Inside IBM's 300mm chip fab: Photos

Inside IBM's 300mm chip fab: Photos

Summary: IBM's 300mm chip fab in upstate New York turns out high-performance chips around the clock. ZDNet was invited to take a look inside, and learn about what the future holds for chip making.

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  • Above, IBM employee Mary Westermann inspects one of the fab's 300mm silicon wafers.

    The East Fishkill fab turns out the company's 32nm Power7 chips. Such is their complexity, they require 1,200 separate steps to make, and have a yield of around 50-60 percent, according to Arthur. "The size and complexity of the chip generally dictates the yield," he explains. "A smaller chip with less function will yield higher, a more complex chip with more function will generally yield less. Some of our OEM chips have yields that are in the 90s."

    Arthur is heading up the project to build the next generation of Power chips, Power8, which are still in the very early stages of design. "The chip designers use mainframes to design these things. We're building chips so we can make the machines so we can design the next generation of chips," he says.

  • Preventing contamination on the fab floor is paramount, hence the workers' suits. Handling of the wafers is done by cubed robots such as the one above, which move around on tracks attached to the ceiling. They ferry stacks of wafers in batches of 25 from stockers to machines where the circuitry is printed, before transferring them to other parts of the fab for quality testing. With an older chipset such as the Power7, now two years old, only about three wafers of each set of 25 are tested for imperfections, Arthur says. With a newer chip design, a higher number would be examined.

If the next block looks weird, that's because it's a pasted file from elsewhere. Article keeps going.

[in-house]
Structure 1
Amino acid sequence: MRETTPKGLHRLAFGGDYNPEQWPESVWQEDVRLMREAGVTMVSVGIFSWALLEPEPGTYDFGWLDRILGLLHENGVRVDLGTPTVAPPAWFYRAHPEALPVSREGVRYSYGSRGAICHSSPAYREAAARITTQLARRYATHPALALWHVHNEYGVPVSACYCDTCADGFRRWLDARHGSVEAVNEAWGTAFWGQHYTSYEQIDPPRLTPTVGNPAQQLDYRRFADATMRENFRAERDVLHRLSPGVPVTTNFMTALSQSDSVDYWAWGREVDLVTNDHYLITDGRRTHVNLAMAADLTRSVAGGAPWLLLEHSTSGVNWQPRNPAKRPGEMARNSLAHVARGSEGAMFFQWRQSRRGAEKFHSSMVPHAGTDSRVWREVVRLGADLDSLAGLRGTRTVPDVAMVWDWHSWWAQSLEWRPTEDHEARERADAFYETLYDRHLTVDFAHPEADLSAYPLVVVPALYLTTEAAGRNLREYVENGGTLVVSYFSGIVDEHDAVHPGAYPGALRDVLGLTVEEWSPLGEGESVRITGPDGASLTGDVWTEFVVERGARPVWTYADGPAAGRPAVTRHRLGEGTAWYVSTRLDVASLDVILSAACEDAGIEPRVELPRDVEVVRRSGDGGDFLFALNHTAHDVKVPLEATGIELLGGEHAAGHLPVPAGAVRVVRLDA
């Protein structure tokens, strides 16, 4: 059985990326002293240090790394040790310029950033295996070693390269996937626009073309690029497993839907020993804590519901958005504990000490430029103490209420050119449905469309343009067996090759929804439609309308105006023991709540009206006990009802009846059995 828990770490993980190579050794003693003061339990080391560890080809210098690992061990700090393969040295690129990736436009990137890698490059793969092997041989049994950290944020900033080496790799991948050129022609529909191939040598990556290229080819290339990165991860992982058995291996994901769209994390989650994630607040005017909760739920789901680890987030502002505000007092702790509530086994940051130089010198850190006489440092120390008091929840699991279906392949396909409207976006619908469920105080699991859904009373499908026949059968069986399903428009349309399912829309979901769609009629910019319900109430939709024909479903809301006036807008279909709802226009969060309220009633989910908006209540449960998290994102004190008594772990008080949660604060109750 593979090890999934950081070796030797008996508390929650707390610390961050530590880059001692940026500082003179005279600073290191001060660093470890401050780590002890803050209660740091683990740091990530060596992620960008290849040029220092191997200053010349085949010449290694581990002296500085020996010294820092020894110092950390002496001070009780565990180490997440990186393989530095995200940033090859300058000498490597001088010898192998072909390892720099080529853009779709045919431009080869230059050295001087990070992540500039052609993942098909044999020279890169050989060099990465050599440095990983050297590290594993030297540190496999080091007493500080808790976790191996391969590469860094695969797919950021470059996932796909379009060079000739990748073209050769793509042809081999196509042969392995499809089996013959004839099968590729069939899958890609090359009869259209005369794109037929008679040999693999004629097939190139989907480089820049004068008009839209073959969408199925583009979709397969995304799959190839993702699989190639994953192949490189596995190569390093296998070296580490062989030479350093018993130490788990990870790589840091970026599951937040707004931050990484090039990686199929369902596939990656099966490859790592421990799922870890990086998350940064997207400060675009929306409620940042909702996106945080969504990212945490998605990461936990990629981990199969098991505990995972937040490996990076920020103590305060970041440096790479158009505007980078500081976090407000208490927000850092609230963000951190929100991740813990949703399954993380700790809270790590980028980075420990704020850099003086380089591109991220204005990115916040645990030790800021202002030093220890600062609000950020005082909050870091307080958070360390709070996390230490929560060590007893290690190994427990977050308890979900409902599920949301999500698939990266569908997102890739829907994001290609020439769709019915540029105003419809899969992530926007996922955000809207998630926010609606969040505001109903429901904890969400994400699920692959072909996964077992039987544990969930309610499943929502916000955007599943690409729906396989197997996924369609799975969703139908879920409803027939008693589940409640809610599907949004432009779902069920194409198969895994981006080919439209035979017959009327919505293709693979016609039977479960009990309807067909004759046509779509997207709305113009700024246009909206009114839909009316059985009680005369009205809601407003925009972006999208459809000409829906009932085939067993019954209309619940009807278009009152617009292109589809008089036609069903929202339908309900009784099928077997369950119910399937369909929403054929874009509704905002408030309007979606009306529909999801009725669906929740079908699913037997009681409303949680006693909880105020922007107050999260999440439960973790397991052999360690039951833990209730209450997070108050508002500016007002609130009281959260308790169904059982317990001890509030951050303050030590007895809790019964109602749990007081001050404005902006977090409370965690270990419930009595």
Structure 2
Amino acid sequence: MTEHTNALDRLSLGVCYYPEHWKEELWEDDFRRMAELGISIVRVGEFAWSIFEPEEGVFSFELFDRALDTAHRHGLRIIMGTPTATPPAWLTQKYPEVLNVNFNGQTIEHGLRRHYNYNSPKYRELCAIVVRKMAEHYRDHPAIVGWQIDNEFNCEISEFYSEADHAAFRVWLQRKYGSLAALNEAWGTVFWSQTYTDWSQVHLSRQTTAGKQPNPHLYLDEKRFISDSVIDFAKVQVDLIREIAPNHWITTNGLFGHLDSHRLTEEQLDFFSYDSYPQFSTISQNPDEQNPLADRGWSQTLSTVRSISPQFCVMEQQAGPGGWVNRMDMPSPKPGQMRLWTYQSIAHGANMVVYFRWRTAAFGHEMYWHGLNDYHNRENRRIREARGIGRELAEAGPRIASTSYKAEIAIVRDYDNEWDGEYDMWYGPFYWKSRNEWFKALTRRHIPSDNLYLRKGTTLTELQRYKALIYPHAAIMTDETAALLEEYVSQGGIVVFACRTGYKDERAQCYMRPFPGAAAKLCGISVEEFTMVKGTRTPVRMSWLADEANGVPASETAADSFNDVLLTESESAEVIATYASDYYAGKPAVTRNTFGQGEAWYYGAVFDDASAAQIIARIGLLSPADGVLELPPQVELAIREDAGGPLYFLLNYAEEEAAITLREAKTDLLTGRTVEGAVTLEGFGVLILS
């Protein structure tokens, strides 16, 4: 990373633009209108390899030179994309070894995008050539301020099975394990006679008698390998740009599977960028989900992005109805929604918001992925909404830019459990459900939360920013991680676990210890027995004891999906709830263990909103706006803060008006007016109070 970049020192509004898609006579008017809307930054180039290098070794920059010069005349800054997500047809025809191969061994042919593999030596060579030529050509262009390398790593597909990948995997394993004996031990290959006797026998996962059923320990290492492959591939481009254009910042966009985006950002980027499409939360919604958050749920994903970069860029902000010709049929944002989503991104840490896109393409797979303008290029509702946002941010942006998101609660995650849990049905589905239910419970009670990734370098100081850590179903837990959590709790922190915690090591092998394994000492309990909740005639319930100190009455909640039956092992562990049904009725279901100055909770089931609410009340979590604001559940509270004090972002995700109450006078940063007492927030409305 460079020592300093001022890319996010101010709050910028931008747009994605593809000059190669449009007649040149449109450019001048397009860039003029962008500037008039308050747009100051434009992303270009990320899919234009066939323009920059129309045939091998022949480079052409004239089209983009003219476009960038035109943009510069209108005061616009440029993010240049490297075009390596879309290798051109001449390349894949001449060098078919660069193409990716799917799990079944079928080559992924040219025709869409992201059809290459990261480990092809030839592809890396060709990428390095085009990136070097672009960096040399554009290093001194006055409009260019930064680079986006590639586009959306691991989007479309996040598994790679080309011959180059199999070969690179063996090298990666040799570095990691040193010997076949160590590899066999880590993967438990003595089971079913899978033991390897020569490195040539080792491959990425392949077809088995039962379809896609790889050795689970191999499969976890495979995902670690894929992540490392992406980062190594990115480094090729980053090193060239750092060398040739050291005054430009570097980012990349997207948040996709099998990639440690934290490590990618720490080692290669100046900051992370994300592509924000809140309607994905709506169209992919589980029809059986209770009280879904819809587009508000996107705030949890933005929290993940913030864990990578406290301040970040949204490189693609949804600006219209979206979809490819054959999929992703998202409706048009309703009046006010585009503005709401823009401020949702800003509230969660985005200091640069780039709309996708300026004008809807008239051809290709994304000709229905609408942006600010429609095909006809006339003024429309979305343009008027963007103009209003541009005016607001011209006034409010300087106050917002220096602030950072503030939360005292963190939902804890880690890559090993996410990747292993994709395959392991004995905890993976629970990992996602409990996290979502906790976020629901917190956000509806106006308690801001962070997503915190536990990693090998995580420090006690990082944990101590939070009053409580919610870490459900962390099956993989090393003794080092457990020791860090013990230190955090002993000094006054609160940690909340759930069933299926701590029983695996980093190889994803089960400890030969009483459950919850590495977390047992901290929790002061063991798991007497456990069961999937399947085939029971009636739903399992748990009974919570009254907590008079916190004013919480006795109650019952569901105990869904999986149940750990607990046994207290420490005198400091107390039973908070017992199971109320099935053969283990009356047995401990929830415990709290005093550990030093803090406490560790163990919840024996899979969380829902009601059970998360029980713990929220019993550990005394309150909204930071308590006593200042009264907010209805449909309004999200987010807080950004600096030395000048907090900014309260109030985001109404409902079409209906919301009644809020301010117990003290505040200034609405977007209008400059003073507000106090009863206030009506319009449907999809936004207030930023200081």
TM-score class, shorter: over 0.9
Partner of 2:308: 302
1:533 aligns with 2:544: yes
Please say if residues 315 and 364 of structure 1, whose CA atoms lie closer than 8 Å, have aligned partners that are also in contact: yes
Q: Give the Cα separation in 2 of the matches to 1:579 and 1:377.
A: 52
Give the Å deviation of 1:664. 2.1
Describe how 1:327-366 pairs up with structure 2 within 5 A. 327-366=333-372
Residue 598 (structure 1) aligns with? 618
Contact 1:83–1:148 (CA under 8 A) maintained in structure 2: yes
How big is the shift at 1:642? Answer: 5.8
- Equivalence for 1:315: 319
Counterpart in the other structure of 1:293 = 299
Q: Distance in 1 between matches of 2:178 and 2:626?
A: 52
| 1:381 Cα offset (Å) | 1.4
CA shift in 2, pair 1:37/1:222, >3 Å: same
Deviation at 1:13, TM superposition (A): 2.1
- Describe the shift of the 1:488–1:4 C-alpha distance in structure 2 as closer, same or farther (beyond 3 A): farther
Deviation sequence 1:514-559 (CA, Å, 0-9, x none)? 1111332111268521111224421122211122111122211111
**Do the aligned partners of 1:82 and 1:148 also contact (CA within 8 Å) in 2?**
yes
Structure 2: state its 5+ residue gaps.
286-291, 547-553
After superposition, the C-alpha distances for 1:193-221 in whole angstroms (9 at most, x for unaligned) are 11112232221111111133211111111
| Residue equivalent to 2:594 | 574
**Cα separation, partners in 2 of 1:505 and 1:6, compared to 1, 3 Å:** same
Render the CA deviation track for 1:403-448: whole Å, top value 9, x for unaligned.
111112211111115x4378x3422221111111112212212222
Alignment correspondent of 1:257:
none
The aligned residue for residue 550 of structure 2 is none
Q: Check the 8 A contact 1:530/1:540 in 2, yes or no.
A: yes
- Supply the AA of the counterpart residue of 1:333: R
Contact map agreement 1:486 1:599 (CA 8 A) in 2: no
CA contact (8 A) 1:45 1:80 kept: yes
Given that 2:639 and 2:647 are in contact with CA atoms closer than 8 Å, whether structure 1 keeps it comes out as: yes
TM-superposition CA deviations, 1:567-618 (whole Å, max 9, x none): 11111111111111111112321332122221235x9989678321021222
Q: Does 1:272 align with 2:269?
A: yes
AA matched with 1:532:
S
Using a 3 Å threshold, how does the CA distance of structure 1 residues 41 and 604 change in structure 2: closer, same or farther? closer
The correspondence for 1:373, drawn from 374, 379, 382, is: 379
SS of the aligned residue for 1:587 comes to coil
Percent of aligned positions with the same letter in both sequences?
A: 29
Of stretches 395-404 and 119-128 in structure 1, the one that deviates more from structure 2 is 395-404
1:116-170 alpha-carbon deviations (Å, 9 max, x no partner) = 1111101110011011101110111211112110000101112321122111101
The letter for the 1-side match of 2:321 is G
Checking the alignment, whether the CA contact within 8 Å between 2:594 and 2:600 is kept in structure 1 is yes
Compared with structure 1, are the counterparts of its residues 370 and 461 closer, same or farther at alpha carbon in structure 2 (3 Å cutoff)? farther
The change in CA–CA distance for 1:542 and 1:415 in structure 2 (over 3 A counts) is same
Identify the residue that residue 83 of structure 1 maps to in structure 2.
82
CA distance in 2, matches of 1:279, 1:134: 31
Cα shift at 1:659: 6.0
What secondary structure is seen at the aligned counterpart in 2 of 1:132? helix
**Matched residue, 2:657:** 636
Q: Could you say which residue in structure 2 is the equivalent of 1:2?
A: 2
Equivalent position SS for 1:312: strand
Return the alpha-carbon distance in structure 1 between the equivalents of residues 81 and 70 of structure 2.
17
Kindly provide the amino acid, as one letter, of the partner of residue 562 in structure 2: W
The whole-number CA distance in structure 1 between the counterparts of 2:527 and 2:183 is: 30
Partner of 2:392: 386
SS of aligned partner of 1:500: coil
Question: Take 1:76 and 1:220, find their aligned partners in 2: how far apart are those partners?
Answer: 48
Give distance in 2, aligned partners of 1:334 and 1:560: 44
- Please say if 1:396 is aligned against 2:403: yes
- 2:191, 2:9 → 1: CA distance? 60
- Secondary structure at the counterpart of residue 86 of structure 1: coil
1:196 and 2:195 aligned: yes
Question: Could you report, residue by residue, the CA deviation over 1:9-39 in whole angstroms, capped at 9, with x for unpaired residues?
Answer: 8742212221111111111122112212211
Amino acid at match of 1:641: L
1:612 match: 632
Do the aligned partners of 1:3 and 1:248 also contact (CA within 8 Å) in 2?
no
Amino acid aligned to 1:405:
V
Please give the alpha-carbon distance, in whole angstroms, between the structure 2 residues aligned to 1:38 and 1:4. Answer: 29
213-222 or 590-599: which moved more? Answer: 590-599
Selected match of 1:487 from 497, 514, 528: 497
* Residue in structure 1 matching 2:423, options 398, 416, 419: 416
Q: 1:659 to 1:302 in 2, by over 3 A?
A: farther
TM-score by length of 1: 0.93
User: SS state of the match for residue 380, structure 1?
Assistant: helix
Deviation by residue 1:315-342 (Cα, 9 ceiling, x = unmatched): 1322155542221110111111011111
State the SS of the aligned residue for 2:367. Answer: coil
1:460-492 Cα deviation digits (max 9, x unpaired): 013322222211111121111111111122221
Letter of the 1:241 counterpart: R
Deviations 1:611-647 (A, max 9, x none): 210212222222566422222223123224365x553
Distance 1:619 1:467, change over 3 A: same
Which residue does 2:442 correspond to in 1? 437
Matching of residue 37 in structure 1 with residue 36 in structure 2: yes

There are around 350 tool operators on the fab floor, though their job is to test and check tools rather than operate them. They are joined by nearly 500 workers employed by IBM's partners, such as Samsung, Global Foundries and ST Micro, who have access to the fab and can work on the tools supplied by their companies.

    Alongside IBM Research in nearby Yorktown, much of the fab's work here is focused on developing high-performance chips.

    Arthur says the fab is unusual in having production and development share the same facility. "That's rare in the industry. The plus of it is, if you work together, you can save capital equipment, because you're sharing it. The negative is, if you're sharing it, you fight about who gets it," he says, adding that balancing the needs of the two is one of the biggest challenges of his job.

  • The East Fishkill fab runs three shifts 24/7, and closes down for only three shifts a year: Christmas Eve, Christmas Day and Christmas Night. "We ask for volunteers. We're not at full staff but we actually run those shifts," Arthur says. "The last time this facility closed was four years go. We closed it to do some major preventative maintenance on some of the infrastructure."

    During Hurricane Sandy, in October, the fab didn't lose power, but was hit instead by power spikes. "Our equipment has anywhere from seven to 20 PCs that control it," Arthur explains. "So what appears to be the weak link on the tools is the PCs. If you lose power, or if it drops a certain percent for so many cycles, the PC will just lock up. We ended up with 17 power dips here [during Sandy]. We weathered 15. Number 16 took the fab, shut the tools off." It took about eight hours for the tools to restart, he adds.

    Power to the fab is fed from three directions, Arthur says, "so we can actually take a hit on one, if the other two stay up... What hurts us is if more than one goes down".

Topics: Processors, Hardware, IBM, Servers

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3 comments
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  • Changes since 1986

    I hosted an A/NZ tour of East Fishkill in 1986. We were the last to see the wafer line where you could actually see the wafers moving through the process on air beds. They were also using angled micro photography to check the solder join points between circuits for chip quality control. Some failed chips were recovered by point-to-point wires and used for down-graded roles.
    Peter
    Chomps
  • 300mm

    I guess i'm missing something as current chips are being made at say 32nanometres. 3 metre chips are just too big ?
    Mytheroo
  • nvm

    ok, looked it up, its a 300mm wafer (30cm not 3m also lol)
    Mytheroo